done;                                   \
        > ${.TARGET}

(When editing the mk.conf, make sure that the commands of the add-build-only-cflags target are indented with a tab, not with spaces.)

The condition in the .if statement contains the :U modifier to prevent parse errors if the variable should be undefined, possibly because it is only defined for a subset of the packages. The :M* modifier ensures that there is at least one compiler option, to prevent a syntax error in the shell parser.

The code around the ${.TARGET} variable ensures that the additional compiler options are only appended once, even if bmake build is run multiple times. To do this, it creates a marker file.

To verify that this setup works, run bmake configure in a package directory. Up to now, everything works as usual. Examine the directory work/.cwrappers/config to see that the compiler options from BUILD_ONLY_CFLAGS are not yet added to the file cc. Examine the tail of the work/.work.log file to see that the normal compiler options are used.

Now run bmake build. This will append the options to the file cc and will create the marker file in the same directory. After that, the build starts as usual, but with the added compiler options. Examine the tail of the file work/.work.log to see that the lines starting with [*] don't contain the compiler options, but the corresponding lines starting with <.> do end with these options.

Building packages using this setup variant and fixing the resulting bugs is the same as in Section 8.4.2, “Detect classes of bugs by forcing compiler warnings”.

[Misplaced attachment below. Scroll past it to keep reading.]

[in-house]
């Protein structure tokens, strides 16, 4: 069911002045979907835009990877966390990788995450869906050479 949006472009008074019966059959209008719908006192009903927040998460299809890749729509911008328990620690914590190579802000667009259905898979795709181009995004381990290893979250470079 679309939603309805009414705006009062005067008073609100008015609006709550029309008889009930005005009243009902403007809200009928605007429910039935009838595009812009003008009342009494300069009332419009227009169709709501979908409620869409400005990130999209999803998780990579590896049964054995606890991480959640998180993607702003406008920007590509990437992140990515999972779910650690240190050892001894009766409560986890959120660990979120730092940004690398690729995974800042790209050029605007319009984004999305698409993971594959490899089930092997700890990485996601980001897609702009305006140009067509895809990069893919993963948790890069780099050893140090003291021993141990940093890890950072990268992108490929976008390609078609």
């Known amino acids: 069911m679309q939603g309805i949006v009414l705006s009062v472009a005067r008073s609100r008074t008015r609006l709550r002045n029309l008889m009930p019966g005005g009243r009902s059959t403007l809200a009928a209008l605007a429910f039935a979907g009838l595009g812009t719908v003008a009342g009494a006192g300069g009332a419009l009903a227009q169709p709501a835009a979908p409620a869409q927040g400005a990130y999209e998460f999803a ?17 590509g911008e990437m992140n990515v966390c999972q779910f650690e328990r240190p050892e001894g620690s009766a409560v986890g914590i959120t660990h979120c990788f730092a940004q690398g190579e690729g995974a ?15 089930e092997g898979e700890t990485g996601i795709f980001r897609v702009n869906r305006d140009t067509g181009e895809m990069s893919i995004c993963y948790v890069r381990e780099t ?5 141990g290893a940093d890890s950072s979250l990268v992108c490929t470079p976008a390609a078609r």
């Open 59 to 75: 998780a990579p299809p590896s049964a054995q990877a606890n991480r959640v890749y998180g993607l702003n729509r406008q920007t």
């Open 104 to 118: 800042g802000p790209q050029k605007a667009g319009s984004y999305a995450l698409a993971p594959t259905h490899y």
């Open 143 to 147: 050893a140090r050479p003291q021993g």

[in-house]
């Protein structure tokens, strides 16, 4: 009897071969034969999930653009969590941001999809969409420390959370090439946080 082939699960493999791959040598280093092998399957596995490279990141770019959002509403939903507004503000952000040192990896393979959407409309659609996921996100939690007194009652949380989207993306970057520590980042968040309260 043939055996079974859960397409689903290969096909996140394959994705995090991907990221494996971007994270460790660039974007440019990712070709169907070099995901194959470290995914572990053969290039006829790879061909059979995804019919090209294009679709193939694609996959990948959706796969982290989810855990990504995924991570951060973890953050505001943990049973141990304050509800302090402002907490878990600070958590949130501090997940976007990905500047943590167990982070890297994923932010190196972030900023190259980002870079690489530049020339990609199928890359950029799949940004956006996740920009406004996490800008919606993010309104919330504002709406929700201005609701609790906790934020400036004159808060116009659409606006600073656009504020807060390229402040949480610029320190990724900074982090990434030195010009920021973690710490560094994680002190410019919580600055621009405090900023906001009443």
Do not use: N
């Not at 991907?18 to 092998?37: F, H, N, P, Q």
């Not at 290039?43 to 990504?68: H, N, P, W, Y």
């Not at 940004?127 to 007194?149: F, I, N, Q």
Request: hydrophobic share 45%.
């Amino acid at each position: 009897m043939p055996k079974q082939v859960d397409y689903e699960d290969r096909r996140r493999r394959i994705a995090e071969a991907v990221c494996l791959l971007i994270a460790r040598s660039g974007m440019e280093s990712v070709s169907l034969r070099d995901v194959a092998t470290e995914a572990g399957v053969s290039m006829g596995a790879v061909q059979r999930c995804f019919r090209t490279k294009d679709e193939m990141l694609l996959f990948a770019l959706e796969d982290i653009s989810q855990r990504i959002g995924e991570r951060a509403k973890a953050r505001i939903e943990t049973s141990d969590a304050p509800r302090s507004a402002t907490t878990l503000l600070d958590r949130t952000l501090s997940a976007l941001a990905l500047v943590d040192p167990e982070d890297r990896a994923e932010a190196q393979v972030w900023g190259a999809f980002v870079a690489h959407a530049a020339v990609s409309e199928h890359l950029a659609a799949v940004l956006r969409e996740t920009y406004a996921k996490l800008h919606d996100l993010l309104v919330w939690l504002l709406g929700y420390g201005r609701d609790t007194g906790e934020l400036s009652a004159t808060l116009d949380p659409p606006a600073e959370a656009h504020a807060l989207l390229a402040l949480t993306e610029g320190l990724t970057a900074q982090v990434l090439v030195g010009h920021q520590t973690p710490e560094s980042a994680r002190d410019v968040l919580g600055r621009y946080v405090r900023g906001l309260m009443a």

8.4.4. Use custom directories

Some directories like PREFIX, VARBASE, PKG_SYSCONFDIR, PKGMANDIR, PKG_INFODIR can be configured in pkgsrc. Set these to arbitrary paths during bootstrap or afterwards in mk.conf.

PREFIX=         /a-random-uuid
PKG_SYSCONFDIR= /a-random-uuid
VARBASE=        /a-random-uuid
PKGMANDIR=	a-random-uuid
PKG_INFODIR=	a-random-uuid

8.4.5. Turn warnings into errors

When building a package, warnings are typically ignored since they just flow by and do not cause the build to fail immediately. To find these warnings, redefine them to errors in mk.conf.

WARNING_MSG=            ${FAIL_MSG} "(was warning)"

(There are many more classes of warnings in pkgsrc, and most of them can be redefined with a simple definition like above.

If a package suggests to add USE_TOOLS+=perl to the package Makefile, research whether the package actually needs Perl. If it does, add USE_TOOLS+=perl to the package Makefile, and if it doesn't, add TOOLS_BROKEN+=perl.

8.4.6. Reject packages for which pkglint reports errors

Using pkglint as part of the regular build process is mostly a waste of time. If you want to fix some of the warnings, just run pkglint recursively on the whole pkgsrc tree. This will take a few minutes (up to 10), which is much faster than a complete bulk build.

8.4.7. Reject packages that contain forbidden strings

To ensure that the binary packages don't contain references to the build directory, there is already CHECK_WRKREF. If that variable includes the item extra, it is possible to define additional patterns that must not appear in any installed file. This is specified in mk.conf.